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BIOL 308
Dragana Miskovic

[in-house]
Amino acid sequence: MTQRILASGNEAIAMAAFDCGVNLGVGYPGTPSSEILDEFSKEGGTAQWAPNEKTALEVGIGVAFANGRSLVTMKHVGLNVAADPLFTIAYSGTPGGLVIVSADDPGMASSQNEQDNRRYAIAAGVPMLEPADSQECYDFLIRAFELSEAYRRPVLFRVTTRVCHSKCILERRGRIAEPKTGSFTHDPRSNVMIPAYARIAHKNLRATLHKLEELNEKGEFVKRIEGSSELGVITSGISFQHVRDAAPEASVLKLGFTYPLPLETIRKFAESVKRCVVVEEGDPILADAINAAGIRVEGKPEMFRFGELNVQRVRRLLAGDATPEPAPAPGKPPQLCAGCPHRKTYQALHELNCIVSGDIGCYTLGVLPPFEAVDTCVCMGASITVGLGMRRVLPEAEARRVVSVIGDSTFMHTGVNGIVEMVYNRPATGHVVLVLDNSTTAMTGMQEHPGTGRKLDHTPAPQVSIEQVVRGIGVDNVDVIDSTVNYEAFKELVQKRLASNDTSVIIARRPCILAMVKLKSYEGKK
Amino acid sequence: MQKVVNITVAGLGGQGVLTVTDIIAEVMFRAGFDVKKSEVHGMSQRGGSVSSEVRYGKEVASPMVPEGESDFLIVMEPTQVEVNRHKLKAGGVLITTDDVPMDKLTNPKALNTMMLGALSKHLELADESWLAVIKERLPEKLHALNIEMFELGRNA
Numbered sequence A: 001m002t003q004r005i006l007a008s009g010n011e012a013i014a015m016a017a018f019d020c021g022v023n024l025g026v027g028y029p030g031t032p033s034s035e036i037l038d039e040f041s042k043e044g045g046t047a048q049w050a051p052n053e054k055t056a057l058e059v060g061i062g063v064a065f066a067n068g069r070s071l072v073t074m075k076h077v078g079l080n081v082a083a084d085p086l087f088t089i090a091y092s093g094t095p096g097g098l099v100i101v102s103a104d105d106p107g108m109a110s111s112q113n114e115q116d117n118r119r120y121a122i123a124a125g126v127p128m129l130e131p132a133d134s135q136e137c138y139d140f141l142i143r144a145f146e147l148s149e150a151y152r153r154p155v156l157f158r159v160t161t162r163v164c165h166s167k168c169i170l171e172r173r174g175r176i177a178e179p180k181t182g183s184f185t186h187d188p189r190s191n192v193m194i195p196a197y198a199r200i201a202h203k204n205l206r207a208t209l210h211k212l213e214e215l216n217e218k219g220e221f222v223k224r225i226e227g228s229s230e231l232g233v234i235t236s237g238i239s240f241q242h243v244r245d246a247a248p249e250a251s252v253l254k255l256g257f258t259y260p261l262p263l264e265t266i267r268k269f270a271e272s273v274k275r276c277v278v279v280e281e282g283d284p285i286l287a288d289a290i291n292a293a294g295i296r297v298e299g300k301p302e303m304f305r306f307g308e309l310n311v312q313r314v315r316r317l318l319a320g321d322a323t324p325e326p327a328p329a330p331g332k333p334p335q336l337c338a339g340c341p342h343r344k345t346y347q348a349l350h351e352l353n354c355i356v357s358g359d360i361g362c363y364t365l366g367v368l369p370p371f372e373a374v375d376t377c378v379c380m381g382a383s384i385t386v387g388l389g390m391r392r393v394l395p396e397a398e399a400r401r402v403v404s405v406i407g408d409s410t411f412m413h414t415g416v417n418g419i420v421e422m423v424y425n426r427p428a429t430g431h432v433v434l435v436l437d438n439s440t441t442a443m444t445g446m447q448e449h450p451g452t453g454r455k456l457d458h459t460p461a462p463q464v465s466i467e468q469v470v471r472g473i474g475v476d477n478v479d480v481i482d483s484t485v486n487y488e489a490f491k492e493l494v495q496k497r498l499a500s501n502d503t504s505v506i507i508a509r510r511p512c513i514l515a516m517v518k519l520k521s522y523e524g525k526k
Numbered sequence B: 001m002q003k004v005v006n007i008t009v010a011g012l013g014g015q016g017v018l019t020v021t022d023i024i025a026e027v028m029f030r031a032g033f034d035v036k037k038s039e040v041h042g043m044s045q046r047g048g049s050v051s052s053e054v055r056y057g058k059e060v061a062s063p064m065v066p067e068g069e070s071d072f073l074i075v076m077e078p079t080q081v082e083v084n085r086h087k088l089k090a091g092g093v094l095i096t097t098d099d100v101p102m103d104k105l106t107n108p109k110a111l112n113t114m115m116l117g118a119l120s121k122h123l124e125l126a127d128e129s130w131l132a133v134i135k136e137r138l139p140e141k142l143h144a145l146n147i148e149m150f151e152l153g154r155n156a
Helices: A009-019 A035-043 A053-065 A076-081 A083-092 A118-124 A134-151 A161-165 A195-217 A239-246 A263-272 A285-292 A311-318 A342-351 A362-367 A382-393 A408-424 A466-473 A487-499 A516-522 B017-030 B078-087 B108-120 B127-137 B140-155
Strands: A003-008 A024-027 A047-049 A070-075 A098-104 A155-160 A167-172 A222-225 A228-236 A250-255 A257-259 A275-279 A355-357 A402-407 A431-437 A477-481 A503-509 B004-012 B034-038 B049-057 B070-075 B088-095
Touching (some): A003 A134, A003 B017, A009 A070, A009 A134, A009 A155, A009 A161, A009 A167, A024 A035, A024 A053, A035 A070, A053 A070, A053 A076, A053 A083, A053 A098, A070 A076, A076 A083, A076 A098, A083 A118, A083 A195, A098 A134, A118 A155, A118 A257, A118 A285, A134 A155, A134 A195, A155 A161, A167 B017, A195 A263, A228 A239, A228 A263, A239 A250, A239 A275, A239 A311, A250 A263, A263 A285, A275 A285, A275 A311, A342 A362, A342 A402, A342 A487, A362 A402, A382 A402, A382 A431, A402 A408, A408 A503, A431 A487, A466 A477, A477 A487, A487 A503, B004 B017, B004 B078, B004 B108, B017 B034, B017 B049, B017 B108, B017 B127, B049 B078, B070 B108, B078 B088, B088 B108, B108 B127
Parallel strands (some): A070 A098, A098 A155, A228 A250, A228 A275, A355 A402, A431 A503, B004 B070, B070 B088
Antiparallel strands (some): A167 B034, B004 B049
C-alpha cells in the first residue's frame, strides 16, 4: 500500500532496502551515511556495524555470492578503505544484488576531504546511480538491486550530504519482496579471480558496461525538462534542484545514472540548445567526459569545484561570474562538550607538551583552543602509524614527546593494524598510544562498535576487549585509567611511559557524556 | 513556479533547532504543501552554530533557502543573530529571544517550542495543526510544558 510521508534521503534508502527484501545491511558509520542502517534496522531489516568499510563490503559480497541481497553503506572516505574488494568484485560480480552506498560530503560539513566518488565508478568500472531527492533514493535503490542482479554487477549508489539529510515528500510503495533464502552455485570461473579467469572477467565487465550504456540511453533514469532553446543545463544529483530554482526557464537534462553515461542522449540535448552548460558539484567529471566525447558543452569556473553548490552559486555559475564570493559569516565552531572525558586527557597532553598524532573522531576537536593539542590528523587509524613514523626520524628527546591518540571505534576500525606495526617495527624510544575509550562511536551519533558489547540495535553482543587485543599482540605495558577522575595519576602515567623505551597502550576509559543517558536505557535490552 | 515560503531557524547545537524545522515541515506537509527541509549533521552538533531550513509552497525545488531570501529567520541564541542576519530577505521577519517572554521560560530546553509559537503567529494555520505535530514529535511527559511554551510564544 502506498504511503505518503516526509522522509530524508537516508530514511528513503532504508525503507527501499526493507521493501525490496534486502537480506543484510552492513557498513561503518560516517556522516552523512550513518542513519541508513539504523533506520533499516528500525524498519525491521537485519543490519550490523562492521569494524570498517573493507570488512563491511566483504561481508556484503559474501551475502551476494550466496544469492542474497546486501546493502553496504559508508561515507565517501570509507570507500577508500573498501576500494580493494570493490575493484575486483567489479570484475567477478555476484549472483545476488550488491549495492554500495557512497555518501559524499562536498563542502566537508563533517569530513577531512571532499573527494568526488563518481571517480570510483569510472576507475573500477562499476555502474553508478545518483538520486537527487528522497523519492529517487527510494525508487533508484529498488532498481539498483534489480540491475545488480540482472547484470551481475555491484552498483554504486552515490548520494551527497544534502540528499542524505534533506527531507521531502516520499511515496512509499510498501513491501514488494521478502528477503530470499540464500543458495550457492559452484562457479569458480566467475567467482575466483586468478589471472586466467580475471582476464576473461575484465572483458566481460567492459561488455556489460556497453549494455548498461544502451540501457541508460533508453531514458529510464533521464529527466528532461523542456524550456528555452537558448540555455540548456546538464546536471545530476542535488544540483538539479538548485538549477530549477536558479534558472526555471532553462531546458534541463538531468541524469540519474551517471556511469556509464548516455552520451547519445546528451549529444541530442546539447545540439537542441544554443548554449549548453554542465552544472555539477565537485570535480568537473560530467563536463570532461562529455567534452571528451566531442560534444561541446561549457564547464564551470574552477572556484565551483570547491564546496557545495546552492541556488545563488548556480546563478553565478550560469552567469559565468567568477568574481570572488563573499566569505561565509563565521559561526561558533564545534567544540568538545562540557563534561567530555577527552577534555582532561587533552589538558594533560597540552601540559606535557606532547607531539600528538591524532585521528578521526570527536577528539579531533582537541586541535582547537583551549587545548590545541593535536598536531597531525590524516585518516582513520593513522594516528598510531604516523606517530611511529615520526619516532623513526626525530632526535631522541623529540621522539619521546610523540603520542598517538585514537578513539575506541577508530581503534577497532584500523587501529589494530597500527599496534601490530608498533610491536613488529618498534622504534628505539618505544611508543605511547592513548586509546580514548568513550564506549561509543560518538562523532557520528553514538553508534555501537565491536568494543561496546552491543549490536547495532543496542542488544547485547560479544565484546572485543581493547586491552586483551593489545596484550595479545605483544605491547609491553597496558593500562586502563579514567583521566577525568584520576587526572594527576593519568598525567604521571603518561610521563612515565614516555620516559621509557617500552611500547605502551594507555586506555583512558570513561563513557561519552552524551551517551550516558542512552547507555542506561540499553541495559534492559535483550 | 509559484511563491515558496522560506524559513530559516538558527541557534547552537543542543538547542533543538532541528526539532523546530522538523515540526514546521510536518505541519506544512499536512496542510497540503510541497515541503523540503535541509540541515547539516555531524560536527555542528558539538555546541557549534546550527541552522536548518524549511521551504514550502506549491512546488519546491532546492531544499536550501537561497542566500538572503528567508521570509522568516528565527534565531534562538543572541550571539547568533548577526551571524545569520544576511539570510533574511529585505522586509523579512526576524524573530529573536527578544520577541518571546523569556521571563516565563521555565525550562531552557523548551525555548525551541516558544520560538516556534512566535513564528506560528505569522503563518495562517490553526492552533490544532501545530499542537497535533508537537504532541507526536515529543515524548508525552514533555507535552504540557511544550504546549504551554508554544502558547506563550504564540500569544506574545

STUDY QUESTIONS: LEC 18-19 1. You have discovered base changes in the promoter region of the operon in a bacterial chromosome. Would you expect these changes to act in trans on another copy of the operon? Explain your reasoning. The changes in the promoter region are cis-acting because the promoter is a binding site and does not have a gene product that can move to affect another copy of the operon. 2. What are cis- elements? What are trans- factors? Give an example from the Trp operon (or form the Ara-operon). Cis-elements are regions of DNA/RNA that generally affect processes happening on the same strand of DNA. For example, in the Ara-operon, the araO is2an operator that when bound to AraC dimer, blocks RNAP from binding and thus inhibits transcription. Thus, it acts in cis by affecting the events taking place in the region of the DNA. In the Trp operon, the operator is also like a cis-element since the repressor dimer (bound with tryptophan) can bind it and transcription of the Trp genes is inhibited. Trans-factors are proteins that can be produced somewhere else in the cell and diffuse through the cell, binding to regions of the DNA and influencing transcription. In the ara-operon, AraC is a trans-factor since it is produced by one set of genes and can diffuse and act on the ara genes. Also, CAP is a trans-factor since it is produced somewhere else in the cell and can bind promoters in the presence of cAMP and enhance transcription of catabolic genes. 3. Draw the diagram of the lac operon that illustrates negative control (be careful here and think about the complete picture!!!!!). lacR is produced and binds the lac operator when lactose is absent, preventing transcription. Lactose acts as a co-repressor or inducer by binding lacR, keeping it from binding the operator and thus allowing transcription. This lactose-lacR combination also works to inhibit lacR synthesis, through ‘autoregulation’. 4. You have isolated a protein that binds to DNA in the region upstream of the promoter sequence of the gene of interest. If this is a positive regulator (activator) which would be true: A) Loss of function mutation in the gene encoding this DNA binding protein would cause constitutive expression B) Loss of function mutation in the gene encoding this DNA binding protein would result in lower or no expression. Explain your reasoning. Lower or no expression (B) would be expected because normally, an activator is produced that binds the enhancer, increasing the ability of RNAP to bind and for transcription to be initiated. So if the activator is not available, the gene of interest would be expressed less. 5. Discuss why are lac O mutants cis-acting. These mutants are cis-acting because the operator within that region of DNA is mutated, preventing lacR from inhibiting transcription. If a merodiploid situation is introduced, this mutated operon will not affect the expression of the plasmid lac operon, which will be repressed by lacR as normally. 6. Discuss why are lac I mutants trans-acting. These mutants are trans-acting because the repressor is a protein that is produced and can diffuse through the cell. Thus, if non-inducible lacR is produced, it will bind lac operons throughout the cell, even if they are on a plasmid. 7. Discuss positive and negative regulation of L-ara operon. Positive Regulation: - In the presence of arabinose, it binds to AraC (activator now), this causes a change in conformation of the protein so AraC binds to Ara I and 1ra I and n2t to ara O2, P BAD promoter is open and transcription starts. Also activated through CAO-cAMP pathway. Negative Regulation: - In absence of arabinose, AraC maintains its original conformation. It binds to ara O 2nd ara I ,1this causes the DNA to loop and hides the P BAD promoter from RNAP. Transcription is inhibited. In addition, when AraC is too plentiful, AraC binds with AraO to have promoter blockage. 8. Regarding the regulation of Trp operon, what do we call the amino acid tryptophan? Why? The amino acid tryptophan is a co-repressor. This is because it binds the aporepressor TrpR, which is normally not able to repress the trp genes, and allows it to then inhibit transcription of the trp genes. Because trp itself is not repressing transcription directly, and because the aporepressor requires it for repression, the amino acid tryptophan acts as a ‘co-repressor’. 9. What is meant by polycistronic mRNA? Give an example. Polycistronic mRNA means that there are several genes under the influence of one promoter. An example is in the lac operon, where beta-galactosidase, permease, and the lacA product are all under control of one promoter. Initiation of transcription at the promoter will allow all genes to be present on the mRNA product. Translation of this cluster of genes can then take place, allowing the important components of the processes to be present. 10. What is catabolite repression? What is the role of Catabolite Activator Protein? Explain its action (remember the # of operons it activates!). Catabolite repression is the effect observed when glucose is present in a cell  because glucose is favoured for metabolism, transcription of other catabolic genes will be repressed as they do not need to be on. CAP is activated by cAMP, which is produced during low levels of glucose – it works by activating over 100 catabolic genes including the arabinose and lactose genes, thus allowing alternative forms of energy to be utilized. 11. Define: repressor, co-repressor, aporepressor and inducer. A repressor is a molecule that can inhibit transcription. A co-repressor is a molecule that can activate an apo-repressor, forming a repressor that can inhibit transcription. The co-repressor cannot have inhibitory effects on its own, and the apo- repressor is unable to be inhibitory without the co-repressor bound. An inducer is a molecule that induces gene expression by binding to a repressor, preventing it from binding DNA and having inhibitory effects. 12. Define effector and inducer. Give examples. Effector: A molecule that binds to trans factors either activating them or inhibiting their function and thus they can up or down regulate gene expression (Rep